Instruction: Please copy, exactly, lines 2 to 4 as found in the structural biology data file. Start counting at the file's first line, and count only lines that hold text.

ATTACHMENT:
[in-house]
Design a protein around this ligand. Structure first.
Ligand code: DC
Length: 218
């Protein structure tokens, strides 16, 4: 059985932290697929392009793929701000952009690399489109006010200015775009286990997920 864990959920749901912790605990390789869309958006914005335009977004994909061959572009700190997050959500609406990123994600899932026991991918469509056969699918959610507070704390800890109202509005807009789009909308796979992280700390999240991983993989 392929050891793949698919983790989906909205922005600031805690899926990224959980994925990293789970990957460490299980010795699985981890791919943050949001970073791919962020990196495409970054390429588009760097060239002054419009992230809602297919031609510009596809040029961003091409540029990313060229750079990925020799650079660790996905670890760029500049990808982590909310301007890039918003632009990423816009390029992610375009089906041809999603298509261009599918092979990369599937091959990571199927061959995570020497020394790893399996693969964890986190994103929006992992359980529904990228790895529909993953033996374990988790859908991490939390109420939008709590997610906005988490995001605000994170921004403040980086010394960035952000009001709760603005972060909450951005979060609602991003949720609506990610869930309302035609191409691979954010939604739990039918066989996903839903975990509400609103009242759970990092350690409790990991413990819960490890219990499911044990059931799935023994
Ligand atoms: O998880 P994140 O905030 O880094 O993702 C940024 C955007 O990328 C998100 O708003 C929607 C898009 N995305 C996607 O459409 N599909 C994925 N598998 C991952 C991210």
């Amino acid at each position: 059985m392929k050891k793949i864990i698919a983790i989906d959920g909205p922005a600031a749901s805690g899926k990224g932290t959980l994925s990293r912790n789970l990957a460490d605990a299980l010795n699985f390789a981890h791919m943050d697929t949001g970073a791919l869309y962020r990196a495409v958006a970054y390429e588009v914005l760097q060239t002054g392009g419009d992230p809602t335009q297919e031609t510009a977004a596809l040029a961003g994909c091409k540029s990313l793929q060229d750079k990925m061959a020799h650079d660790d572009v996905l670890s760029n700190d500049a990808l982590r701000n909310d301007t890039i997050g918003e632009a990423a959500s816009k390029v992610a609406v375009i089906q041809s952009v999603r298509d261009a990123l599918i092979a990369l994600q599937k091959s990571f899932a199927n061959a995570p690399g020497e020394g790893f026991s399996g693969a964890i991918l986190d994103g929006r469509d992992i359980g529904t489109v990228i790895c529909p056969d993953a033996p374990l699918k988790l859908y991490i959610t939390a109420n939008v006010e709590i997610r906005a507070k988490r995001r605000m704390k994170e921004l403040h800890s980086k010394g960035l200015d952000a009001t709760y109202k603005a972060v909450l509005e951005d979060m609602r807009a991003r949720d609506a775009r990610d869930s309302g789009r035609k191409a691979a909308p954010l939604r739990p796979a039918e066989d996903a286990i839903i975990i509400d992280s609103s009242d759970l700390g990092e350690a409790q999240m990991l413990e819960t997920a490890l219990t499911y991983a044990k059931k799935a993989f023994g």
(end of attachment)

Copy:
Design a protein around this ligand. Structure first.
Ligand code: DC
Length: 218